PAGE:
After Modernity

Husserlian Reflections on a Philosophical Tradition

By James R. Mensch

Subjects: Philosophy
Paperback : 9780791429860, 309 pages, July 1996
Hardcover : 9780791429853, 309 pages, July 1996

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Table of contents



1. Between Plato and Descartes—The Mediaeval Transformation in the Ontological Status of the Ideas

2. Time and Augustine's Metaphysics

3. The Temporality of Knowing

4. Intersubjectivity and the Constitution of Time

5. Existence and Essence in Thomas and Husserl

6. Radical Evil and the Ontological Difference Between Being and Beings

7. Phenomenology and Artificial Intelligence: Husserl Learns Chinese

8. Husserl and Sartre: A Question of Reason

9. Husserl's Concept of the Self

10. Remark

11. Aristotle and the Overcoming of the Subject-Object Dichotomy

12. The Mind Body Problem, Phenomenological Reflections on an Ancient Solution

13. Nietzsche-Darwin: Confronting the Janus Head

14. The Splitting of the Self

15. Post-Normative Subjectivity



Name Index

Subject Index

Offers an alternative to the modern foundationalist paradigm, based in Husserl's analysis of temporality, that shows how the passing of modernity provides an opening for doing metaphysics in a new nonfoundationalist manner.


This book provides an important new answer to the much-discussed question of the nature and possibility of philosophy following the collapse of the modern foundationalist paradigm. Mensch offers an alternative based in phenomenology. Using Husserl's analysis of temporality to reinvigorate Aristotle's account of time, he shows how the passing of modernity is actually an opening for doing metaphysics in a new nonfoundationalist manner. Positioning Husserl within a wider context, Mensch views him both as a culmination of the modern foundationalist paradigm and as providing a way to overcome it through his descriptive analyses.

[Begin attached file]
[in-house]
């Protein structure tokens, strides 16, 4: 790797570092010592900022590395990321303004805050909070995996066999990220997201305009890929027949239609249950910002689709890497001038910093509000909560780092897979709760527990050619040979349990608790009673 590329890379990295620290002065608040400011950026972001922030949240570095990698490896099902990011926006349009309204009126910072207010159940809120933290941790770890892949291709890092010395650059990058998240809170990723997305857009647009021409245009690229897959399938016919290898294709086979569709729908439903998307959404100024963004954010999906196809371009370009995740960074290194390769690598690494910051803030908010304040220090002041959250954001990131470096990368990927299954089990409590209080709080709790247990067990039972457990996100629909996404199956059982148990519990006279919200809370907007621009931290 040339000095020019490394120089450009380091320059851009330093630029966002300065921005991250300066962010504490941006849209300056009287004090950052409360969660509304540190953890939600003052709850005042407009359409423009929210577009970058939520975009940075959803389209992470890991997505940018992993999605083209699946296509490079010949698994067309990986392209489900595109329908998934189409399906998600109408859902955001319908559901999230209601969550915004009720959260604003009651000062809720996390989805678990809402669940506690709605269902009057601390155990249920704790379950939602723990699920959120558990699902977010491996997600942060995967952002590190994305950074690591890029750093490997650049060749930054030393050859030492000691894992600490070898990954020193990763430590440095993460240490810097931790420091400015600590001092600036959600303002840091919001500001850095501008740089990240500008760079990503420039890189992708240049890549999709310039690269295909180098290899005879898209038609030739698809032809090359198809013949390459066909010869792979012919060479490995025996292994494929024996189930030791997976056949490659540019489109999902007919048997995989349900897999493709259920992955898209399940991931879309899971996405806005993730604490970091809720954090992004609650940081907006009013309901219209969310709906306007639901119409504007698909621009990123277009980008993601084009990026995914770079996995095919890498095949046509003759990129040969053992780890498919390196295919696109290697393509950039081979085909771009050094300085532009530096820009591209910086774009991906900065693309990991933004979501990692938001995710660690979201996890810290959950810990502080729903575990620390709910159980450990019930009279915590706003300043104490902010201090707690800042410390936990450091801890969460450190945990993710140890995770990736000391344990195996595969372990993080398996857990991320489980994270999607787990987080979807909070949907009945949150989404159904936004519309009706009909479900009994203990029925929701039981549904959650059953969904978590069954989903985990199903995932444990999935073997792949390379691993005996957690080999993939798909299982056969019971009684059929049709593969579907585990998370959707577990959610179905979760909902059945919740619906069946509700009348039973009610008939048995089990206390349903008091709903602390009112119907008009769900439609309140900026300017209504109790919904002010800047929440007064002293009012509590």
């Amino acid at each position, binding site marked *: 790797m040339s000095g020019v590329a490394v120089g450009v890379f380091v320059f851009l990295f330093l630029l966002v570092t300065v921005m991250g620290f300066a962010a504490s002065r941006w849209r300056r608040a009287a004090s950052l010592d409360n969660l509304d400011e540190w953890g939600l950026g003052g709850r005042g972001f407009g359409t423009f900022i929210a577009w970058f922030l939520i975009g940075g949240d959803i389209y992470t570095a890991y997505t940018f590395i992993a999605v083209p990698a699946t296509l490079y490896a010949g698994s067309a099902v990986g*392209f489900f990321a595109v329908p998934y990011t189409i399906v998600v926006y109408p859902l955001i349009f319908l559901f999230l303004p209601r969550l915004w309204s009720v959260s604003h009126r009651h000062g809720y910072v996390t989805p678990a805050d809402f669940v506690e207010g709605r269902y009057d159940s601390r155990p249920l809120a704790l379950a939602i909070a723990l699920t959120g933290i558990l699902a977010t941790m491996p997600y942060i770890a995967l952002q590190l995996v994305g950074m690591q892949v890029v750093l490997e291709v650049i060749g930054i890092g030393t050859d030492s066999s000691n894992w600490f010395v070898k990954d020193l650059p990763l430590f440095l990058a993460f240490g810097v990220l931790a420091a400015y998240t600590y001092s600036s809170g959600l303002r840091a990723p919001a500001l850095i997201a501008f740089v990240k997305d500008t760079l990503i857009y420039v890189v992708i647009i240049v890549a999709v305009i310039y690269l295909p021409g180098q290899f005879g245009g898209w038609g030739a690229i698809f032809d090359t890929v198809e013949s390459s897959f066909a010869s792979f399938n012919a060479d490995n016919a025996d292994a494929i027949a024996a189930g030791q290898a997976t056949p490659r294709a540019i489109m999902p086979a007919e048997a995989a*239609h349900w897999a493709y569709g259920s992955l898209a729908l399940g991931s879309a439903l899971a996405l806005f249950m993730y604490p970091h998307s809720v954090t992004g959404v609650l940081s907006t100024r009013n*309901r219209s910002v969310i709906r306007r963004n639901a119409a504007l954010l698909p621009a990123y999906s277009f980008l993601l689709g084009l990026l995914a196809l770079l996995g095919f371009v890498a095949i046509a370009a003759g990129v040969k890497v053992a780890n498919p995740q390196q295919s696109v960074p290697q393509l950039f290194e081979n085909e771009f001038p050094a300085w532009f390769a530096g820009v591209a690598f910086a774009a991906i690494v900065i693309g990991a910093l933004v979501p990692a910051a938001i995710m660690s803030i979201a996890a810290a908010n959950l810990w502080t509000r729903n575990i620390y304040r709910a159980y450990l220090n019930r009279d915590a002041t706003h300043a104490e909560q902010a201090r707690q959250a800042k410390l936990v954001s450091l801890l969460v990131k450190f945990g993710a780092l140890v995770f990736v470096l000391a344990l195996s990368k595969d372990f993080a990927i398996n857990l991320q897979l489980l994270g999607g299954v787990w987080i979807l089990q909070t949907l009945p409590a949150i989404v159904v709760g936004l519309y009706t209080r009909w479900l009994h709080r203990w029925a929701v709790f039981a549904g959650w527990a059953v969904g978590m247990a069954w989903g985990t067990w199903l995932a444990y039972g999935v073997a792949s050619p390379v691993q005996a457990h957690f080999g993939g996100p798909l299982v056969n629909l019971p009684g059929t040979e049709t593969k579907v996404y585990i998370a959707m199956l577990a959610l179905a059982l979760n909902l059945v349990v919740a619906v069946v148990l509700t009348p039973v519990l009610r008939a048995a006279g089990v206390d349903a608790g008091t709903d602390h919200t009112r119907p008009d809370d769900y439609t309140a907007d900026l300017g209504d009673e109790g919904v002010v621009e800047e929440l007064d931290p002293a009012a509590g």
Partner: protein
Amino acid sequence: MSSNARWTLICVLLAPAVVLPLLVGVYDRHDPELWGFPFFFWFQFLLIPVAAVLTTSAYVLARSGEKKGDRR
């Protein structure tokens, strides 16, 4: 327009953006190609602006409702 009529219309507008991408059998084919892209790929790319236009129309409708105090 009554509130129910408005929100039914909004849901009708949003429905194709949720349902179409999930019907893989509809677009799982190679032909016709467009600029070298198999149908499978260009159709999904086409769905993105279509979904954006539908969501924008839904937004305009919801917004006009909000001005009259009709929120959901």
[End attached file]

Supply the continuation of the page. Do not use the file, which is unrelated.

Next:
James Richard Mensch is Associate Professor of Philosophy at Saint Francis Xavier University. He is the author of Intersubjectivity and Transcendental Idealism, also published by SUNY Press; The Beginning of the Gospel of St. John: Philosophical Perspectives; and The Question of Being in Husserl's Logical Investigations.


"Mensch develops rigorous phenomenological analyses in a style which makes even the most obscure concepts accessible, and does so straightforwardly, without engaging in endless qualifications or elaborations of jargon. The account of Husserl's view of time—a notoriously difficult and obscure topic which is very much at the heart of his thesis—is especially well done. I know of nothing on the topic that is this clear. There are many things to admire in this rich text. "—Steven G. Crowell, Rice University

"The author takes up an interesting and important problem regarding the nature of self and its relation to time and treats it in a very interesting way. I like the way he has situated the problem in the interplay between the modern and the pre-modern, on one hand, and the modern and the post-modern, on the other. Use of major historical authors to frame his perspective and the development of his own position is interesting and fruitful. "—John J. Drummond, Mount Saint Mary's College